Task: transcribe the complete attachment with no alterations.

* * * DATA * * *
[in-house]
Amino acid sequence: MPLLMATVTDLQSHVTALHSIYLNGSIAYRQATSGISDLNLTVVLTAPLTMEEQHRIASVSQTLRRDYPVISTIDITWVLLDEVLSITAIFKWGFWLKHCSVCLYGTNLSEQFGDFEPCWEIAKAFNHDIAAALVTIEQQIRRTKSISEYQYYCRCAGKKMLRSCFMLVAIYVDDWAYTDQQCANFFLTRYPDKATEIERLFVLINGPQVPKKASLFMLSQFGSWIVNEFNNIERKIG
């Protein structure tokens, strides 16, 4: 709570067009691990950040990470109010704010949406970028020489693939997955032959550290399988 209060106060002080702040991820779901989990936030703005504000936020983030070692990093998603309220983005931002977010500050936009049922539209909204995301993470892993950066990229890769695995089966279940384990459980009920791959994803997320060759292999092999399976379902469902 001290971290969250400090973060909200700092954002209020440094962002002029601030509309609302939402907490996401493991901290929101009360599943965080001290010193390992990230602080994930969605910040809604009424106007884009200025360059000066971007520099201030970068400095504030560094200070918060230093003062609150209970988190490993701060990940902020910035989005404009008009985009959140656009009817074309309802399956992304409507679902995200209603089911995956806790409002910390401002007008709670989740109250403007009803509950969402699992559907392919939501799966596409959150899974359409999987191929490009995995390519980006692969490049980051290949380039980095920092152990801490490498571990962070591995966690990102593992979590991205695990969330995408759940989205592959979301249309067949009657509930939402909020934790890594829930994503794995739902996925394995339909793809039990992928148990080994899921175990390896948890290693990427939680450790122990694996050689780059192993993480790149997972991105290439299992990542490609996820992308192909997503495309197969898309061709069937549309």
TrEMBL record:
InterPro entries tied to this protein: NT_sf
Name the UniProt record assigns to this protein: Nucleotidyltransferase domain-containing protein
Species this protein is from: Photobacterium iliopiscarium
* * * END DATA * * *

[in-house]
Amino acid sequence: MPLLMATVTDLQSHVTALHSIYLNGSIAYRQATSGISDLNLTVVLTAPLTMEEQHRIASVSQTLRRDYPVISTIDITWVLLDEVLSITAIFKWGFWLKHCSVCLYGTNLSEQFGDFEPCWEIAKAFNHDIAAALVTIEQQIRRTKSISEYQYYCRCAGKKMLRSCFMLVAIYVDDWAYTDQQCANFFLTRYPDKATEIERLFVLINGPQVPKKASLFMLSQFGSWIVNEFNNIERKIG
């Protein structure tokens, strides 16, 4: 709570067009691990950040990470109010704010949406970028020489693939997955032959550290399988 209060106060002080702040991820779901989990936030703005504000936020983030070692990093998603309220983005931002977010500050936009049922539209909204995301993470892993950066990229890769695995089966279940384990459980009920791959994803997320060759292999092999399976379902469902 001290971290969250400090973060909200700092954002209020440094962002002029601030509309609302939402907490996401493991901290929101009360599943965080001290010193390992990230602080994930969605910040809604009424106007884009200025360059000066971007520099201030970068400095504030560094200070918060230093003062609150209970988190490993701060990940902020910035989005404009008009985009959140656009009817074309309802399956992304409507679902995200209603089911995956806790409002910390401002007008709670989740109250403007009803509950969402699992559907392919939501799966596409959150899974359409999987191929490009995995390519980006692969490049980051290949380039980095920092152990801490490498571990962070591995966690990102593992979590991205695990969330995408759940989205592959979301249309067949009657509930939402909020934790890594829930994503794995739902996925394995339909793809039990992928148990080994899921175990390896948890290693990427939680450790122990694996050689780059192993993480790149997972991105290439299992990542490609996820992308192909997503495309197969898309061709069937549309």
TrEMBL record:
InterPro entries tied to this protein: NT_sf
Name the UniProt record assigns to this protein: Nucleotidyltransferase domain-containing protein
Species this protein is from: Photobacterium iliopiscarium